When it is time to upgrade your office phone system, there is a lot to consider. The biggest decision is whether you want to stick with a landline or evolve to a VoIP solution. There are pros and cons to both, so let’s take a look.
The Primary Differences
Landline telephones rely on a network of wires, switches, and exchanges to get the job done. They require millions of miles of physical pathways to connect and route calls, which can be expensive and unwieldy.
Voice over Internet Protocol — known as VoIP — does essentially the same job, but over an expansive, virtual network. To simplify it, think of the difference as essentially a cloud-based system versus a physical system.
Functionality and Features
Many businesses make the mistake of using price as the biggest determining factor when upgrading any system or tool. And, certainly, price is an important concern, but it is not the most critical. The features, functionality, and scalability of a VoIP system should be the main factor in your decision-making.
VoIP phone systems have the edge over landlines when it comes to features and scalability. Since this system is cloud-based, there’s no hardware to install or upgrades. Adding or removing numbers or making any systematic changes are easy on this virtual network.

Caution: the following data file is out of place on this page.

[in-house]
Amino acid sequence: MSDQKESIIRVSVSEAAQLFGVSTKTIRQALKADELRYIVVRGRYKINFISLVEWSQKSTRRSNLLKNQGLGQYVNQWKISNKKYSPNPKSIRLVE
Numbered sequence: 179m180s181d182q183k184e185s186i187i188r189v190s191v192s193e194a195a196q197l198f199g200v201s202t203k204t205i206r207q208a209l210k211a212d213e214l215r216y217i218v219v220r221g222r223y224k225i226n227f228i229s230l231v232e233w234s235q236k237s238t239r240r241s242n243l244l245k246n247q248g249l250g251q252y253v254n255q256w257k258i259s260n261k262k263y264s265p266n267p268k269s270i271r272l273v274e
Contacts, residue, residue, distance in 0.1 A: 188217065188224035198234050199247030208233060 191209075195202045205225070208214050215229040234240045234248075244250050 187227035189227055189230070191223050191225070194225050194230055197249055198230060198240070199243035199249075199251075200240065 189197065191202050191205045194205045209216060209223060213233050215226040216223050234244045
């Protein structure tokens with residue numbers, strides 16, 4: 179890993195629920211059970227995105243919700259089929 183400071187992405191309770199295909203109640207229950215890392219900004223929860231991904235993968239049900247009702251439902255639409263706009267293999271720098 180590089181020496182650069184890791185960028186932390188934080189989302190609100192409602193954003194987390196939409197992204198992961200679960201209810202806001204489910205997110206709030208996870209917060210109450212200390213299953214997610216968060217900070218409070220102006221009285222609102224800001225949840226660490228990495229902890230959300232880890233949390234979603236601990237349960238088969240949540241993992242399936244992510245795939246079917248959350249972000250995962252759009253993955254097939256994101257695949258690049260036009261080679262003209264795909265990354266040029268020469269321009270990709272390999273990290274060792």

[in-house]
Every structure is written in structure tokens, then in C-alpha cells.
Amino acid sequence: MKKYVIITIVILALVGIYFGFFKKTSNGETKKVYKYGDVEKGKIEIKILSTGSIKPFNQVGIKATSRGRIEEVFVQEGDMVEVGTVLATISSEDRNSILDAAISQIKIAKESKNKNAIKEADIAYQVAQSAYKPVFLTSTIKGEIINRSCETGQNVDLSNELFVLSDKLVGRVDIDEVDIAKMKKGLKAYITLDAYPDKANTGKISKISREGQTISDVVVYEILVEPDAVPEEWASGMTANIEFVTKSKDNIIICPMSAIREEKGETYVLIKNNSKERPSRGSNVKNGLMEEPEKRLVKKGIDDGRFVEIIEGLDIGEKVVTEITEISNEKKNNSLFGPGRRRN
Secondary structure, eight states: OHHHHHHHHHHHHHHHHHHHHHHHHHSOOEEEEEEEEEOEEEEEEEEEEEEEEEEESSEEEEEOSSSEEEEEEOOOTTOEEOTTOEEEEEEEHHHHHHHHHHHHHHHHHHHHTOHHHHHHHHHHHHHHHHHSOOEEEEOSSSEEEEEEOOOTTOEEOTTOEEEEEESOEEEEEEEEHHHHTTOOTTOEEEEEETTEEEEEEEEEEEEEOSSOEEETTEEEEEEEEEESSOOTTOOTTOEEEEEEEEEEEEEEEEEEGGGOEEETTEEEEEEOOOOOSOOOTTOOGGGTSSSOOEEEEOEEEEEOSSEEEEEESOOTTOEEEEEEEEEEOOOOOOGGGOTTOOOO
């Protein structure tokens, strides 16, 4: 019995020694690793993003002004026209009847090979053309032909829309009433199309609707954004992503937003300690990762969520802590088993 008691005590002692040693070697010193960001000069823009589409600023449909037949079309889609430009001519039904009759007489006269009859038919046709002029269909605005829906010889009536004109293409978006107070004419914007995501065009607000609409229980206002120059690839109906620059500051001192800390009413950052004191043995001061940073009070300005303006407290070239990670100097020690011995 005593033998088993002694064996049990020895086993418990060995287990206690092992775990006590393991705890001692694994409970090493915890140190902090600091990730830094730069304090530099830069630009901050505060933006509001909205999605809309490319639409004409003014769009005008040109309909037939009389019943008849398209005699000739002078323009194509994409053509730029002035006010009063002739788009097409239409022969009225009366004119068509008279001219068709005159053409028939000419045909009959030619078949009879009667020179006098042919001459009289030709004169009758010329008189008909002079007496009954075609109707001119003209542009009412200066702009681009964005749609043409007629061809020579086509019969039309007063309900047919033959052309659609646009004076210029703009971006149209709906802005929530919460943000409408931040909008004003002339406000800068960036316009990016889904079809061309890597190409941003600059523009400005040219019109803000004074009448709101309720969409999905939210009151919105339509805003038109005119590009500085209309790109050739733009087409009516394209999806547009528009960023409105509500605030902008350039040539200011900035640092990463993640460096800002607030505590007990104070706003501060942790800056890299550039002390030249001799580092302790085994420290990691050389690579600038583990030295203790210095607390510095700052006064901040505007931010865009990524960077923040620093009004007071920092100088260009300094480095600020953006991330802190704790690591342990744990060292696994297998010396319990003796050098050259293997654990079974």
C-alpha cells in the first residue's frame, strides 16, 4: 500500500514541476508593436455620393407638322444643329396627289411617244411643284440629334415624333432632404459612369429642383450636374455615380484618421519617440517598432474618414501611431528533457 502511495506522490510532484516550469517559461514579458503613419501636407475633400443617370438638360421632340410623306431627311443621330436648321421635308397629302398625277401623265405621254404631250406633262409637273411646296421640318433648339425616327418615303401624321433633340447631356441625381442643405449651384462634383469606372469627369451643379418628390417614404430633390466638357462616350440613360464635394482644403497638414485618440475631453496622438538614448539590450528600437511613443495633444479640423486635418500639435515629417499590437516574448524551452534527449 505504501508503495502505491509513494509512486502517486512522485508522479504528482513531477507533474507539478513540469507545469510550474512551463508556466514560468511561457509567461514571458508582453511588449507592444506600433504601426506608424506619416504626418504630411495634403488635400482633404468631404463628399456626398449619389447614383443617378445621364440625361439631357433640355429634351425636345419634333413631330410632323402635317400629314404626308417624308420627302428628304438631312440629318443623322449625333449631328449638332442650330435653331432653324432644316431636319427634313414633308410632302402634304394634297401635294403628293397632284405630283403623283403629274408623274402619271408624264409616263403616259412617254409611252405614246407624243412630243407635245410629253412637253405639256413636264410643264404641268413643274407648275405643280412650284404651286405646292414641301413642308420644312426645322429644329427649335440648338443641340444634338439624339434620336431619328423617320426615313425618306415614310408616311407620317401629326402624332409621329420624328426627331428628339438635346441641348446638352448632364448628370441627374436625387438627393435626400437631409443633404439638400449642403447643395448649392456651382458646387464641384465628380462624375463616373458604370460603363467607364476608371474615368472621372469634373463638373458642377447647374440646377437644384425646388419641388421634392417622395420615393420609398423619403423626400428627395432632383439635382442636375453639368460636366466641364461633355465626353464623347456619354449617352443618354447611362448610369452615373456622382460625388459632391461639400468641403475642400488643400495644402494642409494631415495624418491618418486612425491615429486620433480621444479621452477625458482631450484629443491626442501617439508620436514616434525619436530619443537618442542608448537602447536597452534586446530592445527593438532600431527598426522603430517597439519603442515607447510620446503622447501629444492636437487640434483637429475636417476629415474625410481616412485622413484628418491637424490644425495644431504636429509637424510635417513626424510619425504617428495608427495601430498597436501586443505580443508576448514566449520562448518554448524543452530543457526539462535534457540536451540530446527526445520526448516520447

With behind-the-scenes engineers and hosted software, all of your VoIP features and upgrades are in the palm of your hand. Changes like this on a landline would require an on-site technician to make these updates.
To be fair, landlines can still accomplish many of the modern-day elements required by today’s businesses, but they also have limitations. However, based on the needs of your specific organization — such as a medical office or law firm — you must prioritize necessity over price or technology.
At first glance, VoIP wins when it comes to cost. And if you keep digging, you will find that when it comes to pricing, landlines cannot compete with VoIP in this area. Since there is no hardware to buy or install the up-front costs of VoIP are low. Moreover, off-site engineers can handle all VoIP maintenance and software, making things even more accessible.
Depending on the scope of the system, building a landline phone system can also be cost-effective. It is a good option for a simple system; however, once you start adding bells and whistles, the costs quickly go up. Why? Because any functions require a systems engineer installing and updating expensive hardware and equipment on-site. Plus, all changes, even as simple as adding or removing an employee, require a service call. On the flip side, these types of changes on VoIP are much simpler and happen much faster.